5 Ways to Support an Employee’s Return to Work

By Haley Bass | 01/24/2017

When an employee returns to work after an injury or illness, an employer’s support can help improve the employee’s recovery. Returning to work can often be awkward for employees. They might be embarrassed about the event that caused their injury, or worried about getting hurt or sick again. Getting hounded with questions by worried coworkers can just make things worse.

To make an injured worker’s transition easier, follow these 5 ways to support an employee’s return to work.

1. Know What’s Expected from You

Your role in injury care doesn’t end after paying the workers’ compensation claim. Knowing what’s expected from you in the return-to-work process is one of the best ways to ease an employee’s return to work.

As an employer, your job is to coordinate the return-to-work process with the insurance payor and the physician while keeping the employee informed. While the payor and physician take care of developing an effective treatment plan, they need information from the employer about specific workplace policies and job demands so that they can develop the best plan possible.

For example, if an employee is injured, you’ll need to tell the payor and physician:

  • Whether transitional work is an option
  • What the employee does (and how it can be adapted)
  • What the employee’s work environment is like
  • What support is available for employees returning to work

By doing this work, the employee will know what to expect and can return to work in a safe and timely manner. When the employee returns, you need to ensure that the agreed upon plan is followed through.

2. Be Flexible

Flexibility is essential to provide a safe return to work for employees. Their transitional period won’t last forever, but the workplace should manage some modifications to their job duties or hours before the injured employee is back to full function. And just lightening the load isn’t going to cut it.

As part of your onsite transitional work options, help develop a plan for reduced hours or limited responsibilities. If those options aren’t available, look at off-site work-conditioning programs, or a combination of the two.

Even if a return-to-work plan has already been established, the modified work might seem too difficult for the employee at first. The mental and emotional struggles related to the injury can also hinder recovery. Help find a flexible arrangement that fits well with their lifestyle, but also meets the needs of their role and the business.

Keep in mind, being flexible doesn’t mean being a pushover. Show the injured worker that while you’re willing to support them throughout the recovery process, they still need to make progress toward resuming full work duties.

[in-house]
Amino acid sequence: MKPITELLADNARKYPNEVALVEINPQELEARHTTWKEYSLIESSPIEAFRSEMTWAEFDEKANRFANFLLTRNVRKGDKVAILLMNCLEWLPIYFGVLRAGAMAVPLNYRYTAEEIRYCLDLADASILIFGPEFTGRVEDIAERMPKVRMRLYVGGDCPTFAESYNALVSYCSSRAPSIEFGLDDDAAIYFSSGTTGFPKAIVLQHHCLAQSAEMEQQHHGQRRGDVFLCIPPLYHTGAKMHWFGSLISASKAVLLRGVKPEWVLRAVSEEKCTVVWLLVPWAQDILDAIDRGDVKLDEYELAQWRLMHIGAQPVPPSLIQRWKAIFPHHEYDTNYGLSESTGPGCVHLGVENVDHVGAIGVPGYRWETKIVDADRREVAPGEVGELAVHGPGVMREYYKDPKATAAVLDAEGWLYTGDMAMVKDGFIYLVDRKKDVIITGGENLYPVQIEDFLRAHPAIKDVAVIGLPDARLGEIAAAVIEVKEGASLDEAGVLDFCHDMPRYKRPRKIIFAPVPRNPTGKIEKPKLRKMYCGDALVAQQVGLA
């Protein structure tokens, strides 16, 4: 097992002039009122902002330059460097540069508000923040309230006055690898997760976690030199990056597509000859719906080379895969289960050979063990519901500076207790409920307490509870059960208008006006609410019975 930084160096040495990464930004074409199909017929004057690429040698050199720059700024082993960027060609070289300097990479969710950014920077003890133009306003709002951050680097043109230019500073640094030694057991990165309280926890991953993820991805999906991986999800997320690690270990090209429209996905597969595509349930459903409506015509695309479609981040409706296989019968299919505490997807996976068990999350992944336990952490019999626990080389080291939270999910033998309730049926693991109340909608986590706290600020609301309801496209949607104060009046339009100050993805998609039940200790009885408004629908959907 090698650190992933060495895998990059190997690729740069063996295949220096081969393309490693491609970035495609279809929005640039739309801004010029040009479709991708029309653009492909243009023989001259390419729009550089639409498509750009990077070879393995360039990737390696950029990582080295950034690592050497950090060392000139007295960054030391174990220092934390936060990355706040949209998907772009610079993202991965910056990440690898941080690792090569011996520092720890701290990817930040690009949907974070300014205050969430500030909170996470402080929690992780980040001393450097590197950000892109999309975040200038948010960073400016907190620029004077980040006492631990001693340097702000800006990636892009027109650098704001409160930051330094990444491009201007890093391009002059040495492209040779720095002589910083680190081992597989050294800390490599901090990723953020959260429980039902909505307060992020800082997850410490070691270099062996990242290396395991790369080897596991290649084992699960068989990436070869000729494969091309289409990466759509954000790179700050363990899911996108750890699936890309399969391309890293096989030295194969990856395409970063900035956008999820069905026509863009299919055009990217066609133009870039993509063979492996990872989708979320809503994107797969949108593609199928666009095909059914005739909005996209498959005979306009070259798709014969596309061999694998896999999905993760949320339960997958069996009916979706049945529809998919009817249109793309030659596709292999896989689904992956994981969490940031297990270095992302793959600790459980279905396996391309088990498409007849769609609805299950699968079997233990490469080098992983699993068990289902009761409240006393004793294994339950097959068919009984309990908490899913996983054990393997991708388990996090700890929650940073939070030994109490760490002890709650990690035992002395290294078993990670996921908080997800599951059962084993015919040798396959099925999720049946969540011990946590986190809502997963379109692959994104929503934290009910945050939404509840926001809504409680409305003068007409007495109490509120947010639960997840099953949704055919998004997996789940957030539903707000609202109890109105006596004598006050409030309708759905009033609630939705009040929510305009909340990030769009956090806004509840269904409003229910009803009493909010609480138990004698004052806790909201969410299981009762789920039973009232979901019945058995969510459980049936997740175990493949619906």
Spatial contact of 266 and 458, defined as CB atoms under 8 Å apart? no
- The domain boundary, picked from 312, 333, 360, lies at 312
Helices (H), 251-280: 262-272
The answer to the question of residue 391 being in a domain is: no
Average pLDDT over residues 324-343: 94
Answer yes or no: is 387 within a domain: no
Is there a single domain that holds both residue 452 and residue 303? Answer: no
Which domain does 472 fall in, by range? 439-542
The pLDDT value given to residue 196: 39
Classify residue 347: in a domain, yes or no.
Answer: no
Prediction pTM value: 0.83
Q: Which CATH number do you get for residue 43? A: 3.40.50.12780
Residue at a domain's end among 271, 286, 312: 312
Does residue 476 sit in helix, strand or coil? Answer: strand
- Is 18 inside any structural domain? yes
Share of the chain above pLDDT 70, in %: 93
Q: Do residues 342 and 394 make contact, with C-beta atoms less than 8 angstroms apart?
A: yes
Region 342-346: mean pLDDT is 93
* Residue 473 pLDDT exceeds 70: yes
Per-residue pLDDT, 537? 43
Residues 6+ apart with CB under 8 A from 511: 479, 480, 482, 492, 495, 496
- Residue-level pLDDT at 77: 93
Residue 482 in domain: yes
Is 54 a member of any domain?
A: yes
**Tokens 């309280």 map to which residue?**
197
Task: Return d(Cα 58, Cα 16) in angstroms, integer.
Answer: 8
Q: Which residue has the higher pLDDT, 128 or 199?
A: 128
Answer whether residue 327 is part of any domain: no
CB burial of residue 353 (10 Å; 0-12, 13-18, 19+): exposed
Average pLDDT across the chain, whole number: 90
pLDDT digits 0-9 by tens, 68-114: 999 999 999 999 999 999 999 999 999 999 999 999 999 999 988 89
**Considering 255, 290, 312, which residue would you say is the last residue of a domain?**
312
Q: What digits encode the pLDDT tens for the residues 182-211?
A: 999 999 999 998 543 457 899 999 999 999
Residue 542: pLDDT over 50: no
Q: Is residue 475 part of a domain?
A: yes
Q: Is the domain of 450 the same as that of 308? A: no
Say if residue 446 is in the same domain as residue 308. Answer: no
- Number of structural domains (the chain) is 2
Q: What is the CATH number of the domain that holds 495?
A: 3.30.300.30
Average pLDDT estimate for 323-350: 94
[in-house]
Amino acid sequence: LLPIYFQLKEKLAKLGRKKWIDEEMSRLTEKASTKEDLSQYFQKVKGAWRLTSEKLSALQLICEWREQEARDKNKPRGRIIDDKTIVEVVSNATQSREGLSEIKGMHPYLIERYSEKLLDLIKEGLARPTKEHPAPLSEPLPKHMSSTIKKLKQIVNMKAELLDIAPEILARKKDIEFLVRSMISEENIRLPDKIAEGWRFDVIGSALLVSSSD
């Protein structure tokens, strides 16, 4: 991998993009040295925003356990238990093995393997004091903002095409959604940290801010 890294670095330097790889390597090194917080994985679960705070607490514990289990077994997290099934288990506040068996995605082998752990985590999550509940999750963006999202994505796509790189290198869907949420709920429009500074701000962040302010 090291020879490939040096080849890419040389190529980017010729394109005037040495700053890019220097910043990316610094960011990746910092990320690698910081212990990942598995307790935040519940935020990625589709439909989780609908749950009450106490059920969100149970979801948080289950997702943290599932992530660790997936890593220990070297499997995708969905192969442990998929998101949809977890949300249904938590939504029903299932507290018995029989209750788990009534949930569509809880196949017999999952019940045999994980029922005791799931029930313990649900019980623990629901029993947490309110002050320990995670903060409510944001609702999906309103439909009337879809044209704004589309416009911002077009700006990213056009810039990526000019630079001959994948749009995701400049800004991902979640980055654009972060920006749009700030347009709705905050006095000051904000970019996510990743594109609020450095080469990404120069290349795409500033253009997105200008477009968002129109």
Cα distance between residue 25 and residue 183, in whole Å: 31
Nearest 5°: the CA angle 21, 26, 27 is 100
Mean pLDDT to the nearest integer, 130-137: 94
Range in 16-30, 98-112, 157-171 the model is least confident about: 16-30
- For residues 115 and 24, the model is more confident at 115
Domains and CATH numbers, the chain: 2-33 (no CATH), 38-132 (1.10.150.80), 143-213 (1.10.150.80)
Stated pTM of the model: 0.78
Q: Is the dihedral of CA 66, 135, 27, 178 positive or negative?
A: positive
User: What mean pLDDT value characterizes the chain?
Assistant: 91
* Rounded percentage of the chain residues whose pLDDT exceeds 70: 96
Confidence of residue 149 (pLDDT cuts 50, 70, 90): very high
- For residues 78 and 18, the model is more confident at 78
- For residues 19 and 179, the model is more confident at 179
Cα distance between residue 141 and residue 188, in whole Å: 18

3. Communicate Often

Fear is a common obstacle to full recovery. The injured employee can fear re-injury, another accident, or unfair treatment from an employer. This is where you step in. Make it clear that you won’t hold the injury over the employee’s head, and that you don’t expect them to be fully recovered when they initially return to work. Communicate how you’ll work with them and their physicians to make the transition safe.

This shouldn’t be a one-time conversation. Regularly keep in touch with the employee to understand how he or she is adjusting, and ask what you can do to make the process easier or more comfortable.

Return-to-work communication should extend to any members of the workforce affected by the employee’s return. Provide training to the employee’s supervisor or manager to help them understand their role in the return-to-work process, explain any policies in your employee handbook, and set the expectation in your workforce that employees will return to work as soon and as safely as possible.

4. Provide Resources and Adjustments

Under the Americans with Disabilities Act, employers are required to provide reasonable accommodations (aka necessary changes or adjustments to job duties) to a qualified employee – “qualified” meaning they have a physical impairment that keeps them from performing essential job functions. While employers might fear high costs from these accommodations, they’re typically not expensive. The Job Accommodation Network reports that 70% of accommodations cost less than $500, and 20% cost nothing at all.

Some examples of accommodations: an employee might just need a chair while working, an accessible ramp, or less time in front of a computer. Depending on how long the employee was absent, you might consider an onboarding program to review industry updates, processes, equipment, and safety measures.

5. Stay Positive

Positivity is infectious! Returning to work after an injury is a challenge for all involved, but it’s harder for the injured employee to feel confident upon return if their employer treats them negatively. Let your employee know how glad you are to have them back, how confident you feel about their potential for full recovery, and how supportive you’ll be throughout the transition. Being positive can aid in a smooth transition.

Resources:
https://dwd.wisconsin.gov/dvr/pdf_files/employers_top_ten_myths.pdf
https://www.entrepreneur.com/article/283021